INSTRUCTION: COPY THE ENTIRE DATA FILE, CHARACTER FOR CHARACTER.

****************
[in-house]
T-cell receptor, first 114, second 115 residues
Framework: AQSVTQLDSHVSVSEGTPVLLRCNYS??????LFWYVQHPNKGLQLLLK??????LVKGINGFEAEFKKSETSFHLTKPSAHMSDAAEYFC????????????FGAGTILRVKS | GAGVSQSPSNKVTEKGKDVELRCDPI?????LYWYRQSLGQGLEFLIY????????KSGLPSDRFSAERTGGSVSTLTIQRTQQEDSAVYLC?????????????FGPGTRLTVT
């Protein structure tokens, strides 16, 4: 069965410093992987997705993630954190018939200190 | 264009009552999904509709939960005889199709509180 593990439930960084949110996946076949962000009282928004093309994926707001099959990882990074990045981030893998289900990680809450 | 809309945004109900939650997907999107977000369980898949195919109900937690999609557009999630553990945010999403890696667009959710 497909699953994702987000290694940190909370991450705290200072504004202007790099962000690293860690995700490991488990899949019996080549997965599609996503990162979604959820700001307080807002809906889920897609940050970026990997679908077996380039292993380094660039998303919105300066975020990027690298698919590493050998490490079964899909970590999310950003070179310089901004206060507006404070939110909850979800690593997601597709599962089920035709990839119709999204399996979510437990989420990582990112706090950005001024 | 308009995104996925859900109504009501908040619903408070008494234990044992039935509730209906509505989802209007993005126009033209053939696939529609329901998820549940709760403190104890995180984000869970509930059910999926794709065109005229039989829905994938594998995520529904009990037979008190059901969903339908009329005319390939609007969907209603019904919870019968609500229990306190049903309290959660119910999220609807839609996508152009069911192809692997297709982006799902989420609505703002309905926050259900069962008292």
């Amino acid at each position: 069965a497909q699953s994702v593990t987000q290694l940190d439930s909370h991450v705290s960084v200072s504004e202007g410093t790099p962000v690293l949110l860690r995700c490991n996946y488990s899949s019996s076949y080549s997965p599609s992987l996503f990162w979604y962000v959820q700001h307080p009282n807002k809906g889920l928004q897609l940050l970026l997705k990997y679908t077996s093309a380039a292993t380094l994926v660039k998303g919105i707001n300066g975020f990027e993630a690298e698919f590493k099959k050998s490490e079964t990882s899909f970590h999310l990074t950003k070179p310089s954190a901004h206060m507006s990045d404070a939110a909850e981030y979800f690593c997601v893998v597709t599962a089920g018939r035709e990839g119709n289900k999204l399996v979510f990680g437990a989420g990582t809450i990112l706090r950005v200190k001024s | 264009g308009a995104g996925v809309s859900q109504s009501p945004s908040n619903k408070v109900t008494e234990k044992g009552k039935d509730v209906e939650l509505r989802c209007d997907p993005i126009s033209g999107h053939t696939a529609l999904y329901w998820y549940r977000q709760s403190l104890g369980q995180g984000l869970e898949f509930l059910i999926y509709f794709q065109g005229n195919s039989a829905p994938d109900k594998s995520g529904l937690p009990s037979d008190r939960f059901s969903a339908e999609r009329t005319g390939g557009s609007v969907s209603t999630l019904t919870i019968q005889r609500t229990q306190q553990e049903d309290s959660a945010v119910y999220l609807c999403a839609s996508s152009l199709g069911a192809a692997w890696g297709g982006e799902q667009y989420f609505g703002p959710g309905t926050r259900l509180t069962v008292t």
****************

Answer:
[in-house]
T-cell receptor, first 114, second 115 residues
Framework: AQSVTQLDSHVSVSEGTPVLLRCNYS??????LFWYVQHPNKGLQLLLK??????LVKGINGFEAEFKKSETSFHLTKPSAHMSDAAEYFC????????????FGAGTILRVKS | GAGVSQSPSNKVTEKGKDVELRCDPI?????LYWYRQSLGQGLEFLIY????????KSGLPSDRFSAERTGGSVSTLTIQRTQQEDSAVYLC?????????????FGPGTRLTVT
């Protein structure tokens, strides 16, 4: 069965410093992987997705993630954190018939200190 | 264009009552999904509709939960005889199709509180 593990439930960084949110996946076949962000009282928004093309994926707001099959990882990074990045981030893998289900990680809450 | 809309945004109900939650997907999107977000369980898949195919109900937690999609557009999630553990945010999403890696667009959710 497909699953994702987000290694940190909370991450705290200072504004202007790099962000690293860690995700490991488990899949019996080549997965599609996503990162979604959820700001307080807002809906889920897609940050970026990997679908077996380039292993380094660039998303919105300066975020990027690298698919590493050998490490079964899909970590999310950003070179310089901004206060507006404070939110909850979800690593997601597709599962089920035709990839119709999204399996979510437990989420990582990112706090950005001024 | 308009995104996925859900109504009501908040619903408070008494234990044992039935509730209906509505989802209007993005126009033209053939696939529609329901998820549940709760403190104890995180984000869970509930059910999926794709065109005229039989829905994938594998995520529904009990037979008190059901969903339908009329005319390939609007969907209603019904919870019968609500229990306190049903309290959660119910999220609807839609996508152009069911192809692997297709982006799902989420609505703002309905926050259900069962008292």
């Amino acid at each position: 069965a497909q699953s994702v593990t987000q290694l940190d439930s909370h991450v705290s960084v200072s504004e202007g410093t790099p962000v690293l949110l860690r995700c490991n996946y488990s899949s019996s076949y080549s997965p599609s992987l996503f990162w979604y962000v959820q700001h307080p009282n807002k809906g889920l928004q897609l940050l970026l997705k990997y679908t077996s093309a380039a292993t380094l994926v660039k998303g919105i707001n300066g975020f990027e993630a690298e698919f590493k099959k050998s490490e079964t990882s899909f970590h999310l990074t950003k070179p310089s954190a901004h206060m507006s990045d404070a939110a909850e981030y979800f690593c997601v893998v597709t599962a089920g018939r035709e990839g119709n289900k999204l399996v979510f990680g437990a989420g990582t809450i990112l706090r950005v200190k001024s | 264009g308009a995104g996925v809309s859900q109504s009501p945004s908040n619903k408070v109900t008494e234990k044992g009552k039935d509730v209906e939650l509505r989802c209007d997907p993005i126009s033209g999107h053939t696939a529609l999904y329901w998820y549940r977000q709760s403190l104890g369980q995180g984000l869970e898949f509930l059910i999926y509709f794709q065109g005229n195919s039989a829905p994938d109900k594998s995520g529904l937690p009990s037979d008190r939960f059901s969903a339908e999609r009329t005319g390939g557009s609007v969907s209603t999630l019904t919870i019968q005889r609500t229990q306190q553990e049903d309290s959660a945010v119910y999220l609807c999403a839609s996508s152009l199709g069911a192809a692997w890696g297709g982006e799902q667009y989420f609505g703002p959710g309905t926050r259900l509180t069962v008292t």